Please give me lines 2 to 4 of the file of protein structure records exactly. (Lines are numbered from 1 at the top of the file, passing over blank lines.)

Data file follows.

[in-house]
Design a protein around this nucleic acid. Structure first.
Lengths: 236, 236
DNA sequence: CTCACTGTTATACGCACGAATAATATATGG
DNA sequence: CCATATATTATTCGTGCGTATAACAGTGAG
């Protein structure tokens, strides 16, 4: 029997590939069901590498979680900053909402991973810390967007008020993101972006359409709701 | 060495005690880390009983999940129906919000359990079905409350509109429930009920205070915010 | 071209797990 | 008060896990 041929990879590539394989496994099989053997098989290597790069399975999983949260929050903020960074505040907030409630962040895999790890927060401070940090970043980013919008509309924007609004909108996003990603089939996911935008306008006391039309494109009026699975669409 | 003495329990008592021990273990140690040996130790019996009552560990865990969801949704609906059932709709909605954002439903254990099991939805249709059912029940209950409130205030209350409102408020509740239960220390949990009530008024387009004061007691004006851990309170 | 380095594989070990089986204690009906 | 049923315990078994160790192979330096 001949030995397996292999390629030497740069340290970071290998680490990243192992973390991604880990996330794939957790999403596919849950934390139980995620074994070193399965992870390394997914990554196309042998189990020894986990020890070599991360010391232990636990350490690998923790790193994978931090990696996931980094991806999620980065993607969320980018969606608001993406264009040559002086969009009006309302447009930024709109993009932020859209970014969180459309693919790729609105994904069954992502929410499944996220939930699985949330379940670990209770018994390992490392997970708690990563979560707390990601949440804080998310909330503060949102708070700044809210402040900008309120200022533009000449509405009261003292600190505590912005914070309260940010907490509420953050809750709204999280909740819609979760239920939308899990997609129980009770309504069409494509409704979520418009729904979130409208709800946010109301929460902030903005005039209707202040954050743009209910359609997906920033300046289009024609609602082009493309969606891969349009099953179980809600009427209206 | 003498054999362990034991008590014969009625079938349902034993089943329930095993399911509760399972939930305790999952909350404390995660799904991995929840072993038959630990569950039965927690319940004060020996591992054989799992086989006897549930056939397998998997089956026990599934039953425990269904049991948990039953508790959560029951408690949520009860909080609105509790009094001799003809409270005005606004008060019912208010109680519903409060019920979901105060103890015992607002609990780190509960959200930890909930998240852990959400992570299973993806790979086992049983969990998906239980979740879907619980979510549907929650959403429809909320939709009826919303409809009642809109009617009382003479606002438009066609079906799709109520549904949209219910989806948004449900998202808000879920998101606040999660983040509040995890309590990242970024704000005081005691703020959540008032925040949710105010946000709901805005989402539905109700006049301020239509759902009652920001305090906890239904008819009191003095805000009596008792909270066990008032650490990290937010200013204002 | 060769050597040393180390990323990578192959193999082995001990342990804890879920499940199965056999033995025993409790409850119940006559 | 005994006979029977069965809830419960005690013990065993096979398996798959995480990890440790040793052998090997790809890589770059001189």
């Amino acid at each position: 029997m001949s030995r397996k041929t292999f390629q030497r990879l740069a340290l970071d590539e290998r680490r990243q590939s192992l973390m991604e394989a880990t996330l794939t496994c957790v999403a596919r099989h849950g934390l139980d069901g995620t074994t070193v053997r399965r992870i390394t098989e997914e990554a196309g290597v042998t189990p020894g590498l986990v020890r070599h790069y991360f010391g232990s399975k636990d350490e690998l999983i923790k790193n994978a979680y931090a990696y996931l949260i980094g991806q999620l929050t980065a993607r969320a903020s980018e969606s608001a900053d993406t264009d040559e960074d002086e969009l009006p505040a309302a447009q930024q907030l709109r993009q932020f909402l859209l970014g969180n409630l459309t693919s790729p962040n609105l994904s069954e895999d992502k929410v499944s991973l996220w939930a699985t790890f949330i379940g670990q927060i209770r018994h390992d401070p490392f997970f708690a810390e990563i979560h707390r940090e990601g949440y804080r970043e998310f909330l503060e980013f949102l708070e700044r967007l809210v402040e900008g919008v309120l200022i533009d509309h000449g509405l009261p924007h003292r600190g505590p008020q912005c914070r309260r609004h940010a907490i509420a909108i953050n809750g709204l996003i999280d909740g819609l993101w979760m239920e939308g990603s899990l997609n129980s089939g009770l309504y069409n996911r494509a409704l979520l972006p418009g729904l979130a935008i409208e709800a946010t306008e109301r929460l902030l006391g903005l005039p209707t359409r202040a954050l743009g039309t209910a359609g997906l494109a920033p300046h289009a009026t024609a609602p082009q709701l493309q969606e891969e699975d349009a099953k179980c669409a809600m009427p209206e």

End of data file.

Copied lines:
Design a protein around this nucleic acid. Structure first.
Lengths: 236, 236
DNA sequence: CTCACTGTTATACGCACGAATAATATATGG